Silkmoths

A reddish-brown moth sitting on a stick

A female Promethea silkmoth (Callosamia promethea) hanging out on a stick, drying her wings.

This post doesn’t have any to do with writing, but instead has to do with another passion of mine.

I love rearing silkmoths.

Not for their silk, but for their beauty. When most people think of moths, they probably think of little, drab night creatures. But silkmoths are not only big and beautiful, but the one pictured above is actually a day flier.

She is the first of her sisters to emerge from her cocoon this year, and two of her brothers hatched yesterday. I let the males go, since it’s the females that I need in order to breed them.

How do I breed them? Well, they do all the work. An unmated female releases pheromones into the air, and males home in on the scent trail and follow it back to the female to mate with her. After the mated pair separates, the female will lay a bunch of eggs, and, once I get eggs, I let the female go.

Even though I’ve seen the complete life cycle of several species of silkmoths many times over, the entire process has never gotten old for me, and I never fail to get excited when my moths emerge from their cocoons, all in mint condition. It may sound dumb, but I’m always amazed at the fact that those big, beautiful moths started out as tiny eggs.

As I’m writing this, I’m sitting outside with the female (the same one as in the picture) waiting for the males to arrive. She’s in a little mesh bug cage tied up in a tree, so she’s protected from birds and can’t escape. She’ll keep releasing pheromones until dusk, so hopefully I’ll get a male for her this evening. 🙂

Afraid

I know that I’ve said here before that I hope to self-publish my book before I turn eighteen. At the moment, I’ve never felt so close to making that a reality.

I should be happy. I am way ahead of my editing schedule, and I know that the story has greatly improved since I first took that red pen to paper.

Yet I’m terrified.

Back during the extremely messy first draft/second draft phase, I sent out the first few chapters to crit partners and close friends. Needless to say, I felt absolutely crushed when I got their comments back, even though I know they were trying to help me improve my story. (And their feedback was really helpful. Without their help, I think I would still be stuck with a worse version of my first chapters.)

The problem with me, though, is that I take everything personally. When I tell myself not to, that people want to help me with my writing, I still feel like crying when I get comments back. They can even be grammar related, and I feel humiliated.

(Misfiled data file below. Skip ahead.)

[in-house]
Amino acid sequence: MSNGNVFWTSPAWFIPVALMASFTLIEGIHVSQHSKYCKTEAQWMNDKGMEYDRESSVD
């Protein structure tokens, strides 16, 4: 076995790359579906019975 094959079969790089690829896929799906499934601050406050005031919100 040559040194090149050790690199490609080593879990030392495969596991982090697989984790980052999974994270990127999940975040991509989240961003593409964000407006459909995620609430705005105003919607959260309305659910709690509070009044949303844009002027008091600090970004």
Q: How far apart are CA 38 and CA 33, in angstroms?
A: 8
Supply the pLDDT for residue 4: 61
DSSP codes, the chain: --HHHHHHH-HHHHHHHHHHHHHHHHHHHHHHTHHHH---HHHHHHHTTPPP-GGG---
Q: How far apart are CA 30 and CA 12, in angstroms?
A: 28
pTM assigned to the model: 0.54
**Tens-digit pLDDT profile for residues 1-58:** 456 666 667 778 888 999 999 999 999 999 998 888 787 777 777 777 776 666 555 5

Even when it comes to my own mother, who, by the way, happens to be great at critiquing, I hesitate. She knows that, of course, and tries really hard to boost my self-confidence, but it doesn’t always work. Thoughts like these swirl around my head as she reads my chapters:

Does she think my story is boring?
Is she saying that just to be nice?
Does my writing stink? Is she judging me based on my writing?
Is she judging me based on my characters?

Part of the problem, too, is that I have poured so much of myself into this story that I’d feel embarrassed having friends and family read it. It’s like a journal with the most private things about my life bleeding through its pages. Do I really want people I know reading this story?

I’m trying to get past that fear of having others read my writing. After all, that’s kind of the point of writing stories: to be able to share something you’re passionate about, something that is close to your heart, with others. Or, at least, that’s why I write.

Plus, I know that the story can be better than it is right now. I love my novel, but I do want to put it down someday and know that it’s the best it can ever be. And I can’t make it that way on my own. Others will need to help show me the mistakes I failed to catch, even after countless hours of me staring at the story’s pages.

So, as scary as it is for me, I’m planning to have family and friends look over my novel soon. I even, in a spurt of bravery, signed up for an account on FictionPress and posted the first three chapters of my story for others to read and review.

(If you clicked that link to read the beginning of my story, I thank you so very much. If you even felt like leaving a review, no matter how small, I thank you from the bottom of my heart for your time and your thoughts. ^_^)

I still have a long way to go in building my self-confidence and sharing my work with others. It’s extremely hard for me, but I’m getting there.